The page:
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American federalism: what a ride: the changes in congress aren't apt to transform the relationship between the states and the federal government.

Let's think about the country's experience with federalism as a rollercoaster. A decade ago, relations between the state and federal governments had reached a thrilling apex. State legislators, governors and local officials had pressed Congress to approve the Unfunded Mandate Reform Act. Working closely with state leaders, the national government devolved responsibilities to states, giving them significant latitude to craft innovative solutions to welfare, health care, transportation and environmental problems. Freed from the burdens of unfunded mandates and a micromanaging federal government, state legislatures did what they do best. They tailored solutions to public policy challenges to the unique conditions and cultures of each state.

That heady experience at the top of the rollercoaster didn't last long, though. For the past few years, the descent has been steep, swift and scary. Unfunded mandates, epitomized by the No Child Left Behind Act, homeland security and the Individuals with Disabilities Education Act, have come back, and with a vengeance. Devolution has been superseded by preemption of state authority in almost every area of domestic policy, including driver's licenses, education and elections. And that wreckage you see on the ground below? That's what remains of the 1996 welfare law, whose revolutionary philosophy and approach were abrogated early in 2006 when Congress renewed the law for another six years.

A decade ago, when state officials were marveling at what they had accomplished and were enjoying the view from the top of the rollercoaster, control of the national government was divided. A former governor, Democrat Bill Clinton, was president and Congress was controlled by Republicans, whose now- famous Contract with America featured several state-friendly promises, including elimination of federal unfunded mandates. State legislators and governors capitalized on this alignment. They worked successfully with this divided government to produce a half dozen or more landmark laws that recognized the capacity, responsiveness and leadership of the states in the federal system.

George W. Bush, also a former governor, was elected president in 2000 and reelected in 2004. During the first six years of his tenure, President Bush governed with a Congress controlled by the GOP. It was during this period that the federalism headiness dissipated and the rollercoaster began its descent. Unfunded mandates returned--to the tune of $30 billion a year. No Child Left Behind, with its preemption of state authority over education policy, passed. So did the Help America Vote act, which established federal rules in an area that had always been in the states' jurisdiction. So did the REAL ID act, which sets federal requirements for state driver's licenses.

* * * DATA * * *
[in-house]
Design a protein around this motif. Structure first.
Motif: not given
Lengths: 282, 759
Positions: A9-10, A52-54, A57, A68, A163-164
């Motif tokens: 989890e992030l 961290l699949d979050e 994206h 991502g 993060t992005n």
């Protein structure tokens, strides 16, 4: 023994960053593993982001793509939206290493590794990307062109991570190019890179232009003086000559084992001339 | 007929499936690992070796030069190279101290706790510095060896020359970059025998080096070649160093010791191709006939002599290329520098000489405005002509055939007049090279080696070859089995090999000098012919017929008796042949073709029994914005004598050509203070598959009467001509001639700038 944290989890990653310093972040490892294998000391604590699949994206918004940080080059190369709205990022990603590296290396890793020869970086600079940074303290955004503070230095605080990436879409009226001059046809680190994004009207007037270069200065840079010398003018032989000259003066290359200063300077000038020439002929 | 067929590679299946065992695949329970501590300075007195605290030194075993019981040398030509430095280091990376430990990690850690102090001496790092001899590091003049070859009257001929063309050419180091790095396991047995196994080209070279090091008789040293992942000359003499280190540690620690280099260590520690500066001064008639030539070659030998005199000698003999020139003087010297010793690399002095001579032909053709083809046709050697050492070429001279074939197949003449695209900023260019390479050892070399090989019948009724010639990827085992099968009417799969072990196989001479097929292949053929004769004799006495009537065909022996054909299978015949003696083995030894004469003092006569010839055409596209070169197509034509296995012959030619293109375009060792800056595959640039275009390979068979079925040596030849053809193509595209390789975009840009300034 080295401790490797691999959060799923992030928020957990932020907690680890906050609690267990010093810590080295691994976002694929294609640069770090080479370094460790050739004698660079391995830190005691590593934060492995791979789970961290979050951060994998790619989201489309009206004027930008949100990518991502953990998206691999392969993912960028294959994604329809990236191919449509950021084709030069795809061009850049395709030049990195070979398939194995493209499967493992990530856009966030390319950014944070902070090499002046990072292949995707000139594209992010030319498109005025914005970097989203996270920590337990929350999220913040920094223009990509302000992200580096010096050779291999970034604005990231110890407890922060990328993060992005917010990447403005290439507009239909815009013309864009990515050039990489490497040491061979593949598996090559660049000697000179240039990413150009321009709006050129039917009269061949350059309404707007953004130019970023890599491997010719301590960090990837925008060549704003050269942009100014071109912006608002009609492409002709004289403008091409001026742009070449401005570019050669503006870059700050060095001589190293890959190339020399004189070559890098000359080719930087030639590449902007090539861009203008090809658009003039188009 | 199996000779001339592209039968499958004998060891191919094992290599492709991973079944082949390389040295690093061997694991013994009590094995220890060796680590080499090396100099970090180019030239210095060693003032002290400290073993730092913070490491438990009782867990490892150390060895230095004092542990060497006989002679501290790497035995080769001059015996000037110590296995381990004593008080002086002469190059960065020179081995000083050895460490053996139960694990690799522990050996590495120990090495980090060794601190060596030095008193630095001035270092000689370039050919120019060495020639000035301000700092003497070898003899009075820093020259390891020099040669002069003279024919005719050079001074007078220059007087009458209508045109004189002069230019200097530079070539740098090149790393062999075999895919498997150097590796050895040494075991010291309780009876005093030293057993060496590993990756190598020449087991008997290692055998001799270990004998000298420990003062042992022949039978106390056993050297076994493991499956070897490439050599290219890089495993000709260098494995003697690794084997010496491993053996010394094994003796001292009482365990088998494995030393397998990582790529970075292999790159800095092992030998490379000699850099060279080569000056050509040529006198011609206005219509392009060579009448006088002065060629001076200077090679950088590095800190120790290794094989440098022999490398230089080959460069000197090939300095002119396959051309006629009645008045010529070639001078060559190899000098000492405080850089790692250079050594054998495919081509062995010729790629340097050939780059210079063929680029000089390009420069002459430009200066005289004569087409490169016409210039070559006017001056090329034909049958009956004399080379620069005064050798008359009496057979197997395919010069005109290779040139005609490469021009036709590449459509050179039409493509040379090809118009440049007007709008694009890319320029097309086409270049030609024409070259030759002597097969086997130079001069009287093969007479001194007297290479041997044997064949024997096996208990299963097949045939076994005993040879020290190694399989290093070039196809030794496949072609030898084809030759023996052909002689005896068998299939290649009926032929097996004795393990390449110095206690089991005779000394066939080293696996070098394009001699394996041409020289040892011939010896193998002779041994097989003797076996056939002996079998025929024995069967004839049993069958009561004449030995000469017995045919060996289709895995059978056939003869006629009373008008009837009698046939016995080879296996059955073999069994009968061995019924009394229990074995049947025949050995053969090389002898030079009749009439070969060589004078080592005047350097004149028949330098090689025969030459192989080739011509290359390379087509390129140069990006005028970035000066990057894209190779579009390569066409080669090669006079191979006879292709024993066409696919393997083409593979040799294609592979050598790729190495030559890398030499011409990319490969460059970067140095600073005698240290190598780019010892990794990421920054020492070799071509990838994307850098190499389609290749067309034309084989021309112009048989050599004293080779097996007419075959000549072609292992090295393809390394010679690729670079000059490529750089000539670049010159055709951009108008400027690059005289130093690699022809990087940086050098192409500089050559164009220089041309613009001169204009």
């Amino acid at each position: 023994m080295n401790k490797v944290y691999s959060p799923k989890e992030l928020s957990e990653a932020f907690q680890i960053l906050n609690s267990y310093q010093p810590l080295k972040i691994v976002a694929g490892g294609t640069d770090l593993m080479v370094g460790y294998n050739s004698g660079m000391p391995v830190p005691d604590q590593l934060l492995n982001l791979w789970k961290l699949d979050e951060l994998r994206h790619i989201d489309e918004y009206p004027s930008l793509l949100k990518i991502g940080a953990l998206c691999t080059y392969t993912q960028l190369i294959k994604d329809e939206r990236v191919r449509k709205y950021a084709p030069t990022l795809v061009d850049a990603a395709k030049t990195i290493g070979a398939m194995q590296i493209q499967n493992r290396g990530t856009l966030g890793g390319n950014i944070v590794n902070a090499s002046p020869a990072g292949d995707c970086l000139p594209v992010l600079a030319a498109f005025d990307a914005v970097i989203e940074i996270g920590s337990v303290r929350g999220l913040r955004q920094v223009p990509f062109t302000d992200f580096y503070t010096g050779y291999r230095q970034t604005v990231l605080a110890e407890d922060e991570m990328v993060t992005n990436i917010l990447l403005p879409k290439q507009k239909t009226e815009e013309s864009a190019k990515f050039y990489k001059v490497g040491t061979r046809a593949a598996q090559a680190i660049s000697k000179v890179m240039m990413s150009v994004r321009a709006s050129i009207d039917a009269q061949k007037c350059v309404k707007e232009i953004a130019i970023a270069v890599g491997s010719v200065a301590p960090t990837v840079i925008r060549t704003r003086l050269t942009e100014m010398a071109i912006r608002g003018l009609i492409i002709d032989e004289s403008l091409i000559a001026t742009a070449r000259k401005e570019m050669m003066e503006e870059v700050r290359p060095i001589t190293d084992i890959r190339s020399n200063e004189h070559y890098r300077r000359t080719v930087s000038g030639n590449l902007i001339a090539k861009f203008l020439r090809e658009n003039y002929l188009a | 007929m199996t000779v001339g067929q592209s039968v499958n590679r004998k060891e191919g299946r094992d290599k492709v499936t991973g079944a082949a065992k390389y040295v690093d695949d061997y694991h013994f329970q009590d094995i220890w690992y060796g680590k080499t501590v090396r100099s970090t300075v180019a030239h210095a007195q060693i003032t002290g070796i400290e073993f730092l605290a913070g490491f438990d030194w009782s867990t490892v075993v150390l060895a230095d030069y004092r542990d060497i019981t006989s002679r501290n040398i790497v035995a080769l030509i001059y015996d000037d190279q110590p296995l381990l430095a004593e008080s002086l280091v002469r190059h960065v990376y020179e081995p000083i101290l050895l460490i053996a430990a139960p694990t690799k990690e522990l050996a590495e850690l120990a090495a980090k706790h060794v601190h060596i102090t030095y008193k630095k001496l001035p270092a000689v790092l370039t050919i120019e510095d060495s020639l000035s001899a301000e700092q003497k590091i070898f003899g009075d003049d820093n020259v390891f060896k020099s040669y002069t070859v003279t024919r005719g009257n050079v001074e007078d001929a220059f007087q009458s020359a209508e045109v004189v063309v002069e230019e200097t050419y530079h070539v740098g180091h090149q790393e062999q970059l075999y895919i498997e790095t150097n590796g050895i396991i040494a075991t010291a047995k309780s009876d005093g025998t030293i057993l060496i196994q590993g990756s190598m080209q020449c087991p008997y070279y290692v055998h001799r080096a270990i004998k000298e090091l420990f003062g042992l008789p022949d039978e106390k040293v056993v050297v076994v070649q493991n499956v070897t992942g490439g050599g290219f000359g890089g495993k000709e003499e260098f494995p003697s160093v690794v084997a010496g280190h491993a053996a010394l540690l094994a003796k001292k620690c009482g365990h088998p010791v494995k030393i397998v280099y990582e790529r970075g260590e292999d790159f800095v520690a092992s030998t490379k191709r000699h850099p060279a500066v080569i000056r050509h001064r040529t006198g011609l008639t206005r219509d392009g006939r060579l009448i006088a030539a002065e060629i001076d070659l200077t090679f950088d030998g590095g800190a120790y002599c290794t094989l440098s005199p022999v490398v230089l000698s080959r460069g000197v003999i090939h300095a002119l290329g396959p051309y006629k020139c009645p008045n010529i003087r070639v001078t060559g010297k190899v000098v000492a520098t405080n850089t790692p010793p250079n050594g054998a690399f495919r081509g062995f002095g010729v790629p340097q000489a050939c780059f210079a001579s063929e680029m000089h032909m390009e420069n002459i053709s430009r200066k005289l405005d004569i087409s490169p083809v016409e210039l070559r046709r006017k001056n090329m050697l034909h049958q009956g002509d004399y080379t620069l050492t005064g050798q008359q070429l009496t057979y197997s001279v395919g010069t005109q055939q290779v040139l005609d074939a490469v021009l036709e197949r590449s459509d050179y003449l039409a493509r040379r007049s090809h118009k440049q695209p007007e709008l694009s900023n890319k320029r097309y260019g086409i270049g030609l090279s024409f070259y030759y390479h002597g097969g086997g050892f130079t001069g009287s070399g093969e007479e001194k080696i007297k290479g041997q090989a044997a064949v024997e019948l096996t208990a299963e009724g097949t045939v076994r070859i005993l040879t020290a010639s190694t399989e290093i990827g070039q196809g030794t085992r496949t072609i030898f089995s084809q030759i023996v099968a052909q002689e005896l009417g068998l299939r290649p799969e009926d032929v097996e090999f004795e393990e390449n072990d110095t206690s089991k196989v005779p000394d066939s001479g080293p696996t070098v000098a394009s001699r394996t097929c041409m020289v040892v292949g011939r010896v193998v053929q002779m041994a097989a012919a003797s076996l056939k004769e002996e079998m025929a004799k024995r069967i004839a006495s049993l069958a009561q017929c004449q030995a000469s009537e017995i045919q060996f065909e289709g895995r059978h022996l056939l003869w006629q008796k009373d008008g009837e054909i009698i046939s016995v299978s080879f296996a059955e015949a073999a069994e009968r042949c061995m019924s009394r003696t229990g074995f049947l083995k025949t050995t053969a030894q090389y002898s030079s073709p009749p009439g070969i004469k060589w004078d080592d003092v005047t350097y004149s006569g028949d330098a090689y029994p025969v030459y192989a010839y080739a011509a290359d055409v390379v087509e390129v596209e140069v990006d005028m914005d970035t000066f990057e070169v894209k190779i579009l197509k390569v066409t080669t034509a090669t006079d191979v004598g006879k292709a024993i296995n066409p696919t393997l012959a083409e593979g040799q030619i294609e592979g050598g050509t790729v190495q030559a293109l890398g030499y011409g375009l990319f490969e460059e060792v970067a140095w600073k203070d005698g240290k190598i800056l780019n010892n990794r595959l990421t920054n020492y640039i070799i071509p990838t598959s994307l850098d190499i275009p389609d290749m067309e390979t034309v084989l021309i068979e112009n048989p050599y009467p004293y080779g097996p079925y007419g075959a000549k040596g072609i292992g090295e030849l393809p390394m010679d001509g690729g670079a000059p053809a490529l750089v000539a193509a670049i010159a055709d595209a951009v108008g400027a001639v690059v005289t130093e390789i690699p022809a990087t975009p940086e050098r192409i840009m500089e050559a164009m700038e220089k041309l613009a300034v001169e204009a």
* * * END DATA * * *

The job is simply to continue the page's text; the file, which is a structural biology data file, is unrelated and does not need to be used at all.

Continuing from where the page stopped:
It's hard to think about these two six-year periods and not be tempted to assign heroes and villains. First, we've got President Clinton and Speaker Newt Gingrich in their Carl Tubbesing is NCSL's deputy executive director. white hats advocating for devolution. If that's so, shouldn't we be dressing up President Bush and, say, Congressman Tom DeLay, in Texas-sized black Stetsons for their leadership during the second period? Isn't that the way federalism would be portrayed on a TV reality show? Surely, the explanations are more complicated and sophisticated than that. Perhaps the real hero is divided government at the national level.

Maybe the real nemesis of federalism isn't a person or a group of politicians or the political parties. There are more fundamental, longer-term influences at work that have much more to do with the world economy, technology and the Internet than with personalities and political leaders.

The changes that the 2006 elections brought Washington will give state officials a chance to test more nuanced explanations. The mid-term elections brought a return of divided government at the national level, this time with a Republican president and a Democratic Congress. The next two years may offer insights into some of the more fundamental forces shaping the current relations among the states and the national government.

When Congress begins its work this month, on its agenda will be four key issues that will offer clues to how states will fare in this new bipartisan environment.


State legislators and governors are as "mad as hell and not going to take it anymore" about the REAL ID law. Members of some state legislatures--including New Mexico and New Hampshire--are so unhappy that they are considering not complying with the act's requirements. "It seems like the kind of situation where we ought to be planning some kind of tea party and dumping something in the Rio Grande," says New Mexico Representative Joe Cervantes.

Passed in early 2005 as a rider to an appropriations bill, the act sets national standards with which state driver's licenses must comply to be used as identification for boarding airplanes and entering federal buildings. Proponents of the legislation, including Wisconsin Congressman James Sensenbrenner, who chaired the House Judiciary committee for the past six years, view it as an essential tool in the fight against terrorism. REAL ID critics are wary of the costs the law will impose on the states--at least $11 billion according to a survey of state motor vehicle directors. They believe the law's deadline for compliance--May 2008 is unrealistic, if not impossible, to meet, especially given that the Department of Homeland Security does not expect to promulgate regulations until early in 2007.